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Differing from the closed narrative of the whodunit, gnero negro fiction favors the open textuality of the hardboiled, where content and themes critically codify social and historical contexts. Given this frame of reference, this essay analyzes three representative detective novels of the last fifty years as works of ambiguity and irony that criticize and reinterpret Mexico’s changing society: Rafael Bernal’s El complot mongol casts a cynical eye on the weaknesses of the so-called Mexican “miracle;” Paco Ignacio Taibo’s No habr final feliz questions police-directed violence against a rebellious populace whose repression exhibits the nation’s “revolutionary” mythology; and lmer Mendoza’s Balas de plata encodes the patent crisis of an emergent narco state characterized by unheard-of violence, dubious morality, and social paranoia.
Despite being two Spanish-language and two English-language authors, these texts both emerged from the same period in Mexican history. Rafael Bernal's El complot mongol (1961, second edition 1968, 1976, 1992) of his generation lies in the tradition of detectives that emerged in Mexico prior to the revolution of 1910. El complot mongol chronicles the experience of an idealistic, Mexican-born expatriate who returns to Mexico as a vigilant and jaundiced observer but who becomes an unlikely but passionate participant in some revolting nefarious affairs. Bernal's novel becomes politically didactic by the time of the 1988 edition, a time of national turbulence in which parts of the country have become the home of clandestine drug laboratories and their production of illegal narcotics, and in which professional police in the city of San Miguel de Allende are allegedly implicated in these illegal activities. That same year also saw the publication of the novel that ignited the trend of Law and Justice novels in Mexico, Upoy ni tuyo poy en el mundo (1988, 1990, 2005), by Paco Ignacio Taibo II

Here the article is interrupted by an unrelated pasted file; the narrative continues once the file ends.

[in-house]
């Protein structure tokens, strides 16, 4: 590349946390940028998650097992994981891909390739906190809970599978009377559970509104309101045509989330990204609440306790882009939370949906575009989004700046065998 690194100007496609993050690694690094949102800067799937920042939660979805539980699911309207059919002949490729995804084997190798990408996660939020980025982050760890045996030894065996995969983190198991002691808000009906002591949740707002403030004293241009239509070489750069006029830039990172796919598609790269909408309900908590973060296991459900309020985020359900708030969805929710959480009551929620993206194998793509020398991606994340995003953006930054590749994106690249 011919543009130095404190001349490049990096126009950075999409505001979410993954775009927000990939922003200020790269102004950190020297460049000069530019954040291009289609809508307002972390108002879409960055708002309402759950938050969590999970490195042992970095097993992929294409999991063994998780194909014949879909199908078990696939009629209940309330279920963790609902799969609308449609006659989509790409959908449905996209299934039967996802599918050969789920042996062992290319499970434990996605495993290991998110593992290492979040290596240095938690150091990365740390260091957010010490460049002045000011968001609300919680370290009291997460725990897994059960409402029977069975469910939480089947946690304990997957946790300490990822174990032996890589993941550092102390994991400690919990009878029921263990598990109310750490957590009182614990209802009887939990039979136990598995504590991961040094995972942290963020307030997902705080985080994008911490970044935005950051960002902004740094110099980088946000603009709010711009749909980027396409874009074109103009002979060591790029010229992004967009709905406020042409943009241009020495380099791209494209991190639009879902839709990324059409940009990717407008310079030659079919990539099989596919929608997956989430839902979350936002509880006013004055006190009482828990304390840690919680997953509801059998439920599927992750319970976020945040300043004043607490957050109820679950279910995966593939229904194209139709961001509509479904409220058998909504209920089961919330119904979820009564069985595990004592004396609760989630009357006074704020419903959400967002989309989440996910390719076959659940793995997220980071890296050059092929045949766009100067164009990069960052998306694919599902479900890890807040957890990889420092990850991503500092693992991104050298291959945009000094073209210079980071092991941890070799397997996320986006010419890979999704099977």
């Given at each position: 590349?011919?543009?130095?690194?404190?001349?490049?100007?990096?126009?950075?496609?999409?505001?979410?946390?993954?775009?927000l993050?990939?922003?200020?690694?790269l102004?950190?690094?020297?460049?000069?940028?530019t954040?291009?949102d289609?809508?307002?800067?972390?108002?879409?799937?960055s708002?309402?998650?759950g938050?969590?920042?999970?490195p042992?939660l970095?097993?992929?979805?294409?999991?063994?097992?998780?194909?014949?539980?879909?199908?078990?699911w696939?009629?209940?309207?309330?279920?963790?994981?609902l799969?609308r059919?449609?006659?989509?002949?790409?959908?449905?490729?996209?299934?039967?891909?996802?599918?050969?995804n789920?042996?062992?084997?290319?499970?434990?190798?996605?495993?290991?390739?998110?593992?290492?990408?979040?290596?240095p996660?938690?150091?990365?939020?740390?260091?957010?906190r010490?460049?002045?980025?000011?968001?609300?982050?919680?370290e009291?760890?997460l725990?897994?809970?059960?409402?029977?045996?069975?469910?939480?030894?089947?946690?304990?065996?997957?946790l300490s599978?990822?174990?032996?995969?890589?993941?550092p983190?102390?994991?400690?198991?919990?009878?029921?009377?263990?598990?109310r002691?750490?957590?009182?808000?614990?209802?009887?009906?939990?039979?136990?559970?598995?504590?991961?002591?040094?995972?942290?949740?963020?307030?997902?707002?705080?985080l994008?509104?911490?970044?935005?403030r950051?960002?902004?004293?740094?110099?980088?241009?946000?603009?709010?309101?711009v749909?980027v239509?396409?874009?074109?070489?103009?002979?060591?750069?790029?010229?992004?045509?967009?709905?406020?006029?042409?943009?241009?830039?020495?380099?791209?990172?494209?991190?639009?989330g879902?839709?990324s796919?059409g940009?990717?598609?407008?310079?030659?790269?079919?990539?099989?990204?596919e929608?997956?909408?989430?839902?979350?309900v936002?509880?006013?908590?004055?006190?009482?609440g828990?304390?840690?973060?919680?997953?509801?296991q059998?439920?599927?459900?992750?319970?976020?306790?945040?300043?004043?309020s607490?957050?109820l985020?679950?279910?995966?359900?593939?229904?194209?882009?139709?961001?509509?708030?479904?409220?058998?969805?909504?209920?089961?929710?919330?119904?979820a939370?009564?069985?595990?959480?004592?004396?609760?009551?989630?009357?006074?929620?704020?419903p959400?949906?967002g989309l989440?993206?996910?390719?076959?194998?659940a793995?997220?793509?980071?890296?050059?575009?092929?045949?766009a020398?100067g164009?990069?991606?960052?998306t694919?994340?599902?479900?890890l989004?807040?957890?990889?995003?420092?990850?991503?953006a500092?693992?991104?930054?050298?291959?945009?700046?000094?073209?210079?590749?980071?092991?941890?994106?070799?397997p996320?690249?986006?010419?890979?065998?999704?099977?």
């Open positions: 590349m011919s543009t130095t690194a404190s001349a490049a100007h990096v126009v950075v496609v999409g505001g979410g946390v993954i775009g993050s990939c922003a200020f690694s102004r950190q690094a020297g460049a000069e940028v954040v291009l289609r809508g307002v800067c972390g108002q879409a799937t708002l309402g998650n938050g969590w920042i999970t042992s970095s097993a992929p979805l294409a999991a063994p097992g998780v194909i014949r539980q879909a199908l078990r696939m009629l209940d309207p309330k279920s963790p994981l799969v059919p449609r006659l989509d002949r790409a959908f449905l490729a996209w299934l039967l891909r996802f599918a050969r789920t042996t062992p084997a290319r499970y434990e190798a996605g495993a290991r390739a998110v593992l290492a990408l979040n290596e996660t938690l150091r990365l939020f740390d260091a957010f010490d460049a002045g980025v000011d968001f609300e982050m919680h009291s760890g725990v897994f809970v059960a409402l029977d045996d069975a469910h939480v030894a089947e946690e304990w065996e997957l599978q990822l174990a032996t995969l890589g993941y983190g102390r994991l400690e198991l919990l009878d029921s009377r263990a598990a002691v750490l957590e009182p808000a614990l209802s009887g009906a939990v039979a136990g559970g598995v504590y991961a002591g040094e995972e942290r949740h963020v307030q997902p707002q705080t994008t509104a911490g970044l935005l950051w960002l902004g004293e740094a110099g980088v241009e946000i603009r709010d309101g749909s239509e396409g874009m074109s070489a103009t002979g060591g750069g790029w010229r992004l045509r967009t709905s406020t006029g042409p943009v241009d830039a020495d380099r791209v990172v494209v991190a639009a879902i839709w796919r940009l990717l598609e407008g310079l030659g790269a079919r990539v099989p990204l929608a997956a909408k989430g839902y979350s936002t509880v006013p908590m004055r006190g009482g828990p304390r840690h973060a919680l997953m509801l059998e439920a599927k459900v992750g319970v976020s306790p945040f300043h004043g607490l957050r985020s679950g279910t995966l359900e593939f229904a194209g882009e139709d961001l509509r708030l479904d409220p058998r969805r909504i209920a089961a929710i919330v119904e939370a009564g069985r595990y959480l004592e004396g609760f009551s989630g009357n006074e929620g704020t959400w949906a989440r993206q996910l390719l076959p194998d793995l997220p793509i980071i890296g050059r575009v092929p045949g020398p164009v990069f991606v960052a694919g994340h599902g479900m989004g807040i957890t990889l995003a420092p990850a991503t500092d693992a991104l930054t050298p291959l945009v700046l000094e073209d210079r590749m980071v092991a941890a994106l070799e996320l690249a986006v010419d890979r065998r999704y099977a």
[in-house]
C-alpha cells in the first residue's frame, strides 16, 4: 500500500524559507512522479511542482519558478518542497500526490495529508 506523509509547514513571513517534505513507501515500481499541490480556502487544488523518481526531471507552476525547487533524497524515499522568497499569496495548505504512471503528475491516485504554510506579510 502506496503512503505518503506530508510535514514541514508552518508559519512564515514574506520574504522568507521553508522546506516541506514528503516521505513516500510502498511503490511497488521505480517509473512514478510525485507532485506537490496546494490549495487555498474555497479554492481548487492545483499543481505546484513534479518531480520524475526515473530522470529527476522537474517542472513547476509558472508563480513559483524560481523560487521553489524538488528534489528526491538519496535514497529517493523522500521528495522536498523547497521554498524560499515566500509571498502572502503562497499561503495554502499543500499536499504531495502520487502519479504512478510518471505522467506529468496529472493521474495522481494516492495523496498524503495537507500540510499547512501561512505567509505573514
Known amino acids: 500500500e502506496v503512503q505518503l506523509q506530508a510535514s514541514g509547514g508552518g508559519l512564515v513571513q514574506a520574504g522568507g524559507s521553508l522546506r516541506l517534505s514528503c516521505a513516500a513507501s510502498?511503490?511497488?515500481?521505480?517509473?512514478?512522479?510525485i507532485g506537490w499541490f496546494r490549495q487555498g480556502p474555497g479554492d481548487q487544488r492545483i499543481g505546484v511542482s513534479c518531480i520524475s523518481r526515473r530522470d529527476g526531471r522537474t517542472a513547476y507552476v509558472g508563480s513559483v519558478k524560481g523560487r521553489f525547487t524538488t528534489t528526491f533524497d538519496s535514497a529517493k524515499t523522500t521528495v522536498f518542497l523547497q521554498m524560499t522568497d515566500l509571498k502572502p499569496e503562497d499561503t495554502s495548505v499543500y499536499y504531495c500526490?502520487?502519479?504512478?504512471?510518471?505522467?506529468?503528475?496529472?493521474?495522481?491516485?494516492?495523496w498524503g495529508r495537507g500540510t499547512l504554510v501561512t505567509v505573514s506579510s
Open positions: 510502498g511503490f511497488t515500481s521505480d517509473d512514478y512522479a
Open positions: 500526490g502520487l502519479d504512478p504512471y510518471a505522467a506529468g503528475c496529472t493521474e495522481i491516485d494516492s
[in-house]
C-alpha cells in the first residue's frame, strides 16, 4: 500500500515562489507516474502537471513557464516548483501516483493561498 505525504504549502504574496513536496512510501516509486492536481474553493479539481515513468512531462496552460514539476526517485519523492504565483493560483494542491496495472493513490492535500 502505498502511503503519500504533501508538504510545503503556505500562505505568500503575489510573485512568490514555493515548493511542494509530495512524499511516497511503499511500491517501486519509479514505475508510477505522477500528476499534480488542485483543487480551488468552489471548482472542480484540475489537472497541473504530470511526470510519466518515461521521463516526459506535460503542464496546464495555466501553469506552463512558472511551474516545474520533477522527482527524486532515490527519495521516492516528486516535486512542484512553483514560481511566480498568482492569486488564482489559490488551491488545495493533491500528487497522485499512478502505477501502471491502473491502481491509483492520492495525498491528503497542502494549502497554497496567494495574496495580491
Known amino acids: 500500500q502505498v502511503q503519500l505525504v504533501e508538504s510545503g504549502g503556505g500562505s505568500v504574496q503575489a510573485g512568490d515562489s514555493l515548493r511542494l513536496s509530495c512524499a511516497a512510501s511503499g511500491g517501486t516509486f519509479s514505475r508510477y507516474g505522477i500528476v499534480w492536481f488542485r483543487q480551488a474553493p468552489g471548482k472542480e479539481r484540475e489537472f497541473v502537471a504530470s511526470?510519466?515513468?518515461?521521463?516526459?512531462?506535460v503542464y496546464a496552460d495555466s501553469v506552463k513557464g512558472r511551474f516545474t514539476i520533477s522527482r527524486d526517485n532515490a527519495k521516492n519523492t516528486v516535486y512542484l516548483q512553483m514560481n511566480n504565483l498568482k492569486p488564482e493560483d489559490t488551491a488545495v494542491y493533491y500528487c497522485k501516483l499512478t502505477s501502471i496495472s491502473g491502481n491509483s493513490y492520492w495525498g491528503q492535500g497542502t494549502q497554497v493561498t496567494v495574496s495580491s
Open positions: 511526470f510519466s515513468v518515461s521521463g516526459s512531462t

whose work is preceded by his Muere el que conoce el secreto ("Who knows the secret is dead," 1973). The change in Taibo's mood and his writing style are emblematic of broader changes in Mexican literature. d2c66b5586